Is this a realistic hope or wishful thinking? We soon will know. Soon the social distancing restrictions all over Europe will be relaxed again and the planning for this conference on the future of the EU may continue. The ball is still in the court of the governments of the Member States. On July 1st, Germany will take over the presidency of the Council. It is therefore the duty of the German government to make plans in this direction. But unfortunately, there has been no word about it, and it seems as if the subject is very low on the agenda. There is no indication that the debate in the Council on the subject of this conference will take a different course in autumn than in January.

This does not bode well for the conference process. Either it will be postponed further, or it will be presented in such a castrated form, as we have been used to for years from the EU Commission's so-called Citizen Dialogues: meetings with a hand-picked audience, which is allowed to nicely present wishes to the Commission, and where the question of whether, when, and how they will be implemented will remain entirely in the hands of the EU institutions and will be drowned in the Council at the end of the day.


In this situation, an alliance of European civil society organizations has come together and decided to continue working on the idea of a citizens' conference for a better future of the EU. The Alliance4Europe, Another Europe is possible, Citizens Initiative, CIVICO Europa, Democracy International, EUMANS, European Alternatives, European Democracy Lab, European Civic Forum, Mehr Demokratie, NewEuropeans, The Good Lobby, the Bundesnetzwerk Bürgerschaftliches Engagement and WeMove have achieved a first milestone: an online festival on May 9th, 2020, the Europe Day, the 70th anniversary of the Schuman Declaration, and the day the original Conference on the Future of Europe was supposed to start. It was a full day of debate about the EU and how it could progress. More than 900 participants and more than 45.000 visitors on Facebook took the opportunity to exchange views and revive the European theme during this time of crisis.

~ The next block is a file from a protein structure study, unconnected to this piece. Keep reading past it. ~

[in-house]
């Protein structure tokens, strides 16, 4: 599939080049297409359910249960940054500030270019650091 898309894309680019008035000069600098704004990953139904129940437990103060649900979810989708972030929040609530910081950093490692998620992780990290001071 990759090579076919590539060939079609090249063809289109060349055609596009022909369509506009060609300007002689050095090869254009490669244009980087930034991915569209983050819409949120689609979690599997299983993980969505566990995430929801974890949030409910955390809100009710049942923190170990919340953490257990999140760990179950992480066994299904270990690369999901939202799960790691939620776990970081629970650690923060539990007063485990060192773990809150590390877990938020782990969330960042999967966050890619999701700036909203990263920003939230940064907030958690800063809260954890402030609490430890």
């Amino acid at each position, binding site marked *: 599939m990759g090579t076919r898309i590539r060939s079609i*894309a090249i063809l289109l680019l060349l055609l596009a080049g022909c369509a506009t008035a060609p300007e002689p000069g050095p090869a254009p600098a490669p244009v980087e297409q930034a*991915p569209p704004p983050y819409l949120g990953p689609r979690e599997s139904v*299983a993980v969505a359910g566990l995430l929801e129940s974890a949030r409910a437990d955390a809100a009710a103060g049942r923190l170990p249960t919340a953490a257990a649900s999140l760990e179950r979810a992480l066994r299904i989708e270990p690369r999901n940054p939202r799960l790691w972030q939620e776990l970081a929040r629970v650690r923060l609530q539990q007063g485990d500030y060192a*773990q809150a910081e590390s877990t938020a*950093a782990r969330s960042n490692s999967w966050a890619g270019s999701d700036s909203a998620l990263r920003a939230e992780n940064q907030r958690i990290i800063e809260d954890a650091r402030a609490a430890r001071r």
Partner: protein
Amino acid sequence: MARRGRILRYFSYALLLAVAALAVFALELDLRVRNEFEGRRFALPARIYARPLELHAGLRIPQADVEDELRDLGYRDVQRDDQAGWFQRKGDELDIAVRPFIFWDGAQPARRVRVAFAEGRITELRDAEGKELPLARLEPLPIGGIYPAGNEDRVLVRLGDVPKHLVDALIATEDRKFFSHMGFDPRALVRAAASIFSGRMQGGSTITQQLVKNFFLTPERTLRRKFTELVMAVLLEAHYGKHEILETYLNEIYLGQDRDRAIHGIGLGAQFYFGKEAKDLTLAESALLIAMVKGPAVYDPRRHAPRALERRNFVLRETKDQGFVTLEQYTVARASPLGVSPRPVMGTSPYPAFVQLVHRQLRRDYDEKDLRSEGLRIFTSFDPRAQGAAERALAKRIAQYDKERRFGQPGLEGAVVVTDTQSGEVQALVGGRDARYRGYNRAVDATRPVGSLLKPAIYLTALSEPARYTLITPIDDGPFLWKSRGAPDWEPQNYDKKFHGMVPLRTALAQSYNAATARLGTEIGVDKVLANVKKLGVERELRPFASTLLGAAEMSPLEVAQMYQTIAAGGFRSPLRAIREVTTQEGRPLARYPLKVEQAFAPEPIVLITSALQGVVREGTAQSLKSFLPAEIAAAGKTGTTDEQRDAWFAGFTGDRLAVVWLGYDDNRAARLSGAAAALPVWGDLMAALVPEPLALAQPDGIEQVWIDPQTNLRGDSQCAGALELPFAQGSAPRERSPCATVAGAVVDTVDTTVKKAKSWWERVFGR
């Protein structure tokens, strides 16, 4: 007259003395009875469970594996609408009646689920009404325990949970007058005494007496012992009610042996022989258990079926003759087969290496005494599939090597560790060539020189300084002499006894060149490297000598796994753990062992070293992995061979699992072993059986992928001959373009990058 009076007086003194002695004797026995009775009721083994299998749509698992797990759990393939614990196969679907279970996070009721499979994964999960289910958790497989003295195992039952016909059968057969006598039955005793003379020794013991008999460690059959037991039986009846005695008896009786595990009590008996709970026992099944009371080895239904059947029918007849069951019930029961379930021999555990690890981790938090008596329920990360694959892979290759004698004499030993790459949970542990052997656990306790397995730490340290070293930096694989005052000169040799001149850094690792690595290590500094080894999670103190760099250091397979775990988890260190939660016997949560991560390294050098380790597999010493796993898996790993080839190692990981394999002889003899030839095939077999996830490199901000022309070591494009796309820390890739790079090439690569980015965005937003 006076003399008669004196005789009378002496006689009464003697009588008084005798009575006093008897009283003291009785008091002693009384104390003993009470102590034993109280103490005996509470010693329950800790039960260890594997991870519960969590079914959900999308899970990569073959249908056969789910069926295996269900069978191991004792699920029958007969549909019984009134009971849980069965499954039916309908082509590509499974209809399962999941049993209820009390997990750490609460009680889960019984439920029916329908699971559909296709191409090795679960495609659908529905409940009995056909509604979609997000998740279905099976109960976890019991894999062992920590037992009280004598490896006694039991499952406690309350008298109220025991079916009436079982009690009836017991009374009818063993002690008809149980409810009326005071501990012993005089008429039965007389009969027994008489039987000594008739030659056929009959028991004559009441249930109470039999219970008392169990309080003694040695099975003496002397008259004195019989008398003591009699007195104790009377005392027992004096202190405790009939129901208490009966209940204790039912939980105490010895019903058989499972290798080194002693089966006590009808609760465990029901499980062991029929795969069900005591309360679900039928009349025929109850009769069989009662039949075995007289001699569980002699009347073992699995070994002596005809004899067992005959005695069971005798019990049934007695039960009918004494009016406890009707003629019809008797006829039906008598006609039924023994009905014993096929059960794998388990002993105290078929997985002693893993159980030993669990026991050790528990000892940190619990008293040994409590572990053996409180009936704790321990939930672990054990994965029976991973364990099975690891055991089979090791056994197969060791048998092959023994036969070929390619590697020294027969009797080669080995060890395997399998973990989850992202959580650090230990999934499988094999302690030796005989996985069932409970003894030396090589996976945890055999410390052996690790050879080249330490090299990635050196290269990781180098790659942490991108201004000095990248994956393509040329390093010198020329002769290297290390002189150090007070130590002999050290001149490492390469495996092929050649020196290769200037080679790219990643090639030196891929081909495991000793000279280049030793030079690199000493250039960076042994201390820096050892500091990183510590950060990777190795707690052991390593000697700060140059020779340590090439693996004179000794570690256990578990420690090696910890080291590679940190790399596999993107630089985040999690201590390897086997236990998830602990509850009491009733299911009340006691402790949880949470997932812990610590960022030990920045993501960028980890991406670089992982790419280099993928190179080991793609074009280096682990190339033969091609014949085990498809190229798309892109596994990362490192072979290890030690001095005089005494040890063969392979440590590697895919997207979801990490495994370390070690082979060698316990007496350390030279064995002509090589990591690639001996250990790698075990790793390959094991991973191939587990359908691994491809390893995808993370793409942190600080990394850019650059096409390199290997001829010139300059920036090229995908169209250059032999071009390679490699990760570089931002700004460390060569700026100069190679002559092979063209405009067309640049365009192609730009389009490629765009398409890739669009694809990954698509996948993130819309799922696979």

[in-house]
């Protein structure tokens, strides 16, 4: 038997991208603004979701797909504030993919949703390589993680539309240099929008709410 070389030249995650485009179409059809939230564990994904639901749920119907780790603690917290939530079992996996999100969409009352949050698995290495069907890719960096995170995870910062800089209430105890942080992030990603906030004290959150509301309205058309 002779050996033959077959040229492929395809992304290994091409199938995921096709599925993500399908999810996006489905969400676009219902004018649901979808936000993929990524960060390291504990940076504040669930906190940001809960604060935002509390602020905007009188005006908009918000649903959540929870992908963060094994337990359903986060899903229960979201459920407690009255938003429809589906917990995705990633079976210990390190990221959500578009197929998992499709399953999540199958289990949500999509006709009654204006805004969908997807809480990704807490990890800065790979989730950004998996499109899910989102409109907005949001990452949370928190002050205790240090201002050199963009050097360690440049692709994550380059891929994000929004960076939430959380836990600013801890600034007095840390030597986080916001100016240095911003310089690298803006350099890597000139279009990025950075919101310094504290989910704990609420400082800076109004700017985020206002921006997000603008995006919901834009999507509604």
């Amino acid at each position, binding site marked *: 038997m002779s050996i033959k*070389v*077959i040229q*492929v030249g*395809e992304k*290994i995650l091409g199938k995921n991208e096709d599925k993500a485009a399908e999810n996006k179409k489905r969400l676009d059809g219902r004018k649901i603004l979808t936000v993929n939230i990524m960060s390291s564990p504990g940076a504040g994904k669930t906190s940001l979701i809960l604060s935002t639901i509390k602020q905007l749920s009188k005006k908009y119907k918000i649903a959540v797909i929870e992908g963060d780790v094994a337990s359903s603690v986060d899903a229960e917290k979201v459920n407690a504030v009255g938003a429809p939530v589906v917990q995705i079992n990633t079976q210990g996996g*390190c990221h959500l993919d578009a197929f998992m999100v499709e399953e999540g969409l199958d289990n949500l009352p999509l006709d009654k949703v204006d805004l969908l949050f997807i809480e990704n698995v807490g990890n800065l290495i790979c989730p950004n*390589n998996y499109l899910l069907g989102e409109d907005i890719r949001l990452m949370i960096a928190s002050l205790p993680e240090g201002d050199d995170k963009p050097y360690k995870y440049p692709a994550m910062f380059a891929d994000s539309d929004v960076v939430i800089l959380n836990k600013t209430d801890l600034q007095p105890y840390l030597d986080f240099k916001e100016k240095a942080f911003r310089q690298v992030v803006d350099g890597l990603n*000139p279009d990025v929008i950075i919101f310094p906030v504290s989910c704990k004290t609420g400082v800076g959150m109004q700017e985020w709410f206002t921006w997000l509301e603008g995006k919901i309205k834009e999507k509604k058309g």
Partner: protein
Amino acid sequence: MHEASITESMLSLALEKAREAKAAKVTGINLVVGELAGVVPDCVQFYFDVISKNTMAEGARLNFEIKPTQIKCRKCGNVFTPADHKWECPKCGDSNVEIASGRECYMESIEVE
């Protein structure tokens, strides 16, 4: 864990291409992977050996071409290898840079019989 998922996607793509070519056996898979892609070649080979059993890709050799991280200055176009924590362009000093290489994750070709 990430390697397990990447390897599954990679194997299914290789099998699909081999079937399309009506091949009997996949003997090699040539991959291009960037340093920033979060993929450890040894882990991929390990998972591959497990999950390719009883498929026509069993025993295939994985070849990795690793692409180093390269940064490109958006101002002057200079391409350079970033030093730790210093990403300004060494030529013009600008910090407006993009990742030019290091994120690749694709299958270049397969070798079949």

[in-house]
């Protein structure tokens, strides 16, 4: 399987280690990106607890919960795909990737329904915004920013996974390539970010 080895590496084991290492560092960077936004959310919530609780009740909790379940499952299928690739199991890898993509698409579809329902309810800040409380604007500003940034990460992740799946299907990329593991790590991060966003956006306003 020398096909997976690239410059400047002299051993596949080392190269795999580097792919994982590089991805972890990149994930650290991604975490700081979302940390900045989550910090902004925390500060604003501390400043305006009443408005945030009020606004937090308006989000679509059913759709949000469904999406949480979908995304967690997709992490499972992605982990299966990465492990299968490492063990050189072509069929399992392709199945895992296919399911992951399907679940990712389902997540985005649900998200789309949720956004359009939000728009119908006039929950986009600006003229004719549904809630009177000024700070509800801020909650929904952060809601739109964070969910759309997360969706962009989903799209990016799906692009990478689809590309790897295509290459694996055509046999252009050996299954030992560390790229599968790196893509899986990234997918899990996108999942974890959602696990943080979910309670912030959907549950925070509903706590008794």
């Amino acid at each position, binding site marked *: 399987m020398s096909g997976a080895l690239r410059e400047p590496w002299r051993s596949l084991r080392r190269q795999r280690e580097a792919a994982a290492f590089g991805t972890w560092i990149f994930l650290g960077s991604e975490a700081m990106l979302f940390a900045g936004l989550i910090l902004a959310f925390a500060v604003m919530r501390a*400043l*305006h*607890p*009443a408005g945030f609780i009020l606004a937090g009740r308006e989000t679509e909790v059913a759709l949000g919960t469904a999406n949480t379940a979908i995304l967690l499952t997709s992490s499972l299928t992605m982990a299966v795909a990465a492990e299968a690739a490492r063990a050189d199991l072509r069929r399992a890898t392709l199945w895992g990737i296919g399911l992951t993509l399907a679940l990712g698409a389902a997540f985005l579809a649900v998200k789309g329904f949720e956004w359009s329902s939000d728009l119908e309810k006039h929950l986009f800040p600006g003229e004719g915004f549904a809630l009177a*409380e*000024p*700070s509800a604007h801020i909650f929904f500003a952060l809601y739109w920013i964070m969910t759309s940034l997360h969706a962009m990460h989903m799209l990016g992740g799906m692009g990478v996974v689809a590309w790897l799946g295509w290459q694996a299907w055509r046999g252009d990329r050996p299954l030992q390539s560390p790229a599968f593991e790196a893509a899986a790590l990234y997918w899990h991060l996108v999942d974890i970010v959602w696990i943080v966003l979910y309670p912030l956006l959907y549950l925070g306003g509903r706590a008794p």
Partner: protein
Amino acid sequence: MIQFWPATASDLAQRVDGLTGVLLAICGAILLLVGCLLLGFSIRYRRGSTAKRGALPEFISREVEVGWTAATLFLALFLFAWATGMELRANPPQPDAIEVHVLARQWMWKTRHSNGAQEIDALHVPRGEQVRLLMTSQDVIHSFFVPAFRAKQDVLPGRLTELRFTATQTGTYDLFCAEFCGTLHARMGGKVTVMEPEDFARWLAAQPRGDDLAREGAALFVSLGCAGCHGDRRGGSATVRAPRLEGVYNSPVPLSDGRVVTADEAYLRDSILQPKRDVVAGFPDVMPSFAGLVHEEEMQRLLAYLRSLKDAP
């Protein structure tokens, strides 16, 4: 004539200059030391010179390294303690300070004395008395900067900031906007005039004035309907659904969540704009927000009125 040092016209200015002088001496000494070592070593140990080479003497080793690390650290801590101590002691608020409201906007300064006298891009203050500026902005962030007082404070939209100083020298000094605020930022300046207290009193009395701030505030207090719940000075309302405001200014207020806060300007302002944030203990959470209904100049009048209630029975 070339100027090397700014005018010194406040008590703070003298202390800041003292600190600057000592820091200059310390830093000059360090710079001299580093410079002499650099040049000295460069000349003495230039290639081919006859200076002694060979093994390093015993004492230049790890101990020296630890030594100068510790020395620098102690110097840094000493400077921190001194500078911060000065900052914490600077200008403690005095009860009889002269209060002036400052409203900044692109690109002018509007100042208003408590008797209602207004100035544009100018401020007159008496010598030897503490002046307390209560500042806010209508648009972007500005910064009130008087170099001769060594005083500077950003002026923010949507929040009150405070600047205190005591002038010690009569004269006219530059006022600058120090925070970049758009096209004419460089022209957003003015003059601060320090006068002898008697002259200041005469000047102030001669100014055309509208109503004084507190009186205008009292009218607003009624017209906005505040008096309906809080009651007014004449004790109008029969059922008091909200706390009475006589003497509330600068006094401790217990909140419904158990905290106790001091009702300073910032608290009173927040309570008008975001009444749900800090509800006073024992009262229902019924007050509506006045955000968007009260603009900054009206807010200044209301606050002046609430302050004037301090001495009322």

No matter what the governments will decide now, whether they will reopen or drop the Conference on the Future of Europe, or postpone, or disable it completely: we will try to organize a citizen participation process from the bottom up. We will make the voices of the citizens heard and bring them back onto the European stage!

It is an ambitious project, and we do not know how far we will get. But if Europe is to have a chance, if Europe is to have a future that is worth living, that is citizen-friendly, democratic, sustainable and based on solidarity, a real European future, then all the people who carry Europe in their hearts must speak up now!

Let us take the bull by the horns!



(1) Cf. „Demokratie in Krisenzeiten“ by Mehr Demokratie (, „Speerpunten voor democratie en rechtsstaat in coronatijden“ by Meer Democratie ( and the statement by Prof. Tamara Ehs „Coronakrise und die Demokratie“ (